Chocó-Darién Moist Forests

Image credit: Courtesy of C Arango

Chocó-Darién Moist Forests

The ecoregion’s land area is provided in units of 1,000 hectares. The protection goal is the Global Safety Net (GSN1) area for the given ecoregion. The protection level indicates the percentage of the GSN goal that is currently protected on a scale of 0-10.

Bioregion: Central American Isthmian & Colombian Coastal Forests (NT24)

Realm: Central America

Ecoregion Size (1000 ha):


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States: Colombia, Panama

The Critically Endangered brown headed spider monkey’s range includes two known locations in the Chocó region. They are one of the most arboreally adapted primates and require large expanses of primary forest to thrive. When they do have to cross over land they are very susceptible to predation as they have a hard time “walking”. Instead they are expert brachiators (like gibbons) and cartwheel hand over foot through the tops of the high canopy. 

The flagship species of the Chocó-Darién Moist Forests ecoregion is the brown headed spider monkey. Image credit: Courtesy of Suriki, Creative Commons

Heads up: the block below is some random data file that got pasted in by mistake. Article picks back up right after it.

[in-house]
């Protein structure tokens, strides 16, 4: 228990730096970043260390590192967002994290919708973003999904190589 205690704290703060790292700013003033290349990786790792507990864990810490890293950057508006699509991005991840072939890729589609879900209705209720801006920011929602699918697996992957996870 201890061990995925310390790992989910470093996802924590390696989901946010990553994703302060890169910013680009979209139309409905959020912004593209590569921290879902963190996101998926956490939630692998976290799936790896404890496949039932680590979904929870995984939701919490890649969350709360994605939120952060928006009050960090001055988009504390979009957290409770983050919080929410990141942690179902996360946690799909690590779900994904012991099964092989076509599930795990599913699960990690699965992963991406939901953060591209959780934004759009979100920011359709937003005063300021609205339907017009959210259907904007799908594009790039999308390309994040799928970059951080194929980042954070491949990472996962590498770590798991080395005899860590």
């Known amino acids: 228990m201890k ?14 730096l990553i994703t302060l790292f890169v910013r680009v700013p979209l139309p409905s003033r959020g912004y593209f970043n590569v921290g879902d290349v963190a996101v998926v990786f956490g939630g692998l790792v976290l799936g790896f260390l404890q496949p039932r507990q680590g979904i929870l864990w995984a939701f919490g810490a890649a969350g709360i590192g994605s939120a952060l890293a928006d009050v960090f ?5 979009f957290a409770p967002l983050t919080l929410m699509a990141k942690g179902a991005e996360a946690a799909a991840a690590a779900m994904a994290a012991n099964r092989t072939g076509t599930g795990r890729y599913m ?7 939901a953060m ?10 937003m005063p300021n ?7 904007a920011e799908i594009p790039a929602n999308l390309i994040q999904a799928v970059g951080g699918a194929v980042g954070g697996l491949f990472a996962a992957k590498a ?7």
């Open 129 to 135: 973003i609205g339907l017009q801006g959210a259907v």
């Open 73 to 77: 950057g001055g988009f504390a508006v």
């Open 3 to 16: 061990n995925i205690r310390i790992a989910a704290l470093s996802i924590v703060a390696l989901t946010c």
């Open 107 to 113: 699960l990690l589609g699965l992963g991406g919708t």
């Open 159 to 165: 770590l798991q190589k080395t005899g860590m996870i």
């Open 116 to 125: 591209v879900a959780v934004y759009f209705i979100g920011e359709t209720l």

Because of their preference for the emergent and upper canopy, the spider monkeys are very important seed dispersers as they have access to fresh fruits before they fall to the forest floor. They will often eat fruits while moving between trees and discard the seeds on the way, giving it a chance to sprout in a new location. 

The ecoregion of the wet forests of Chocó-Darién extends from eastern Panama, in the provinces of Darién and Kuna-Yala, along almost the entire Pacific Coast of Colombia, in the departments of Chocó, Cauca, Valle del Cauca, and Nariño. 

There are five distinct subregions: 

  1. the northern coast, with the hill country areas of Darién and Urabá; 
  2. the coastal zone along the Pacific coast, generally up to an elevation of 500 m; 
  3. the central strip, including the northern wet forests, the central rainforests and the San Juan River area; 
  4. the hills of Carmen del Atrato and the San José del Palmar area;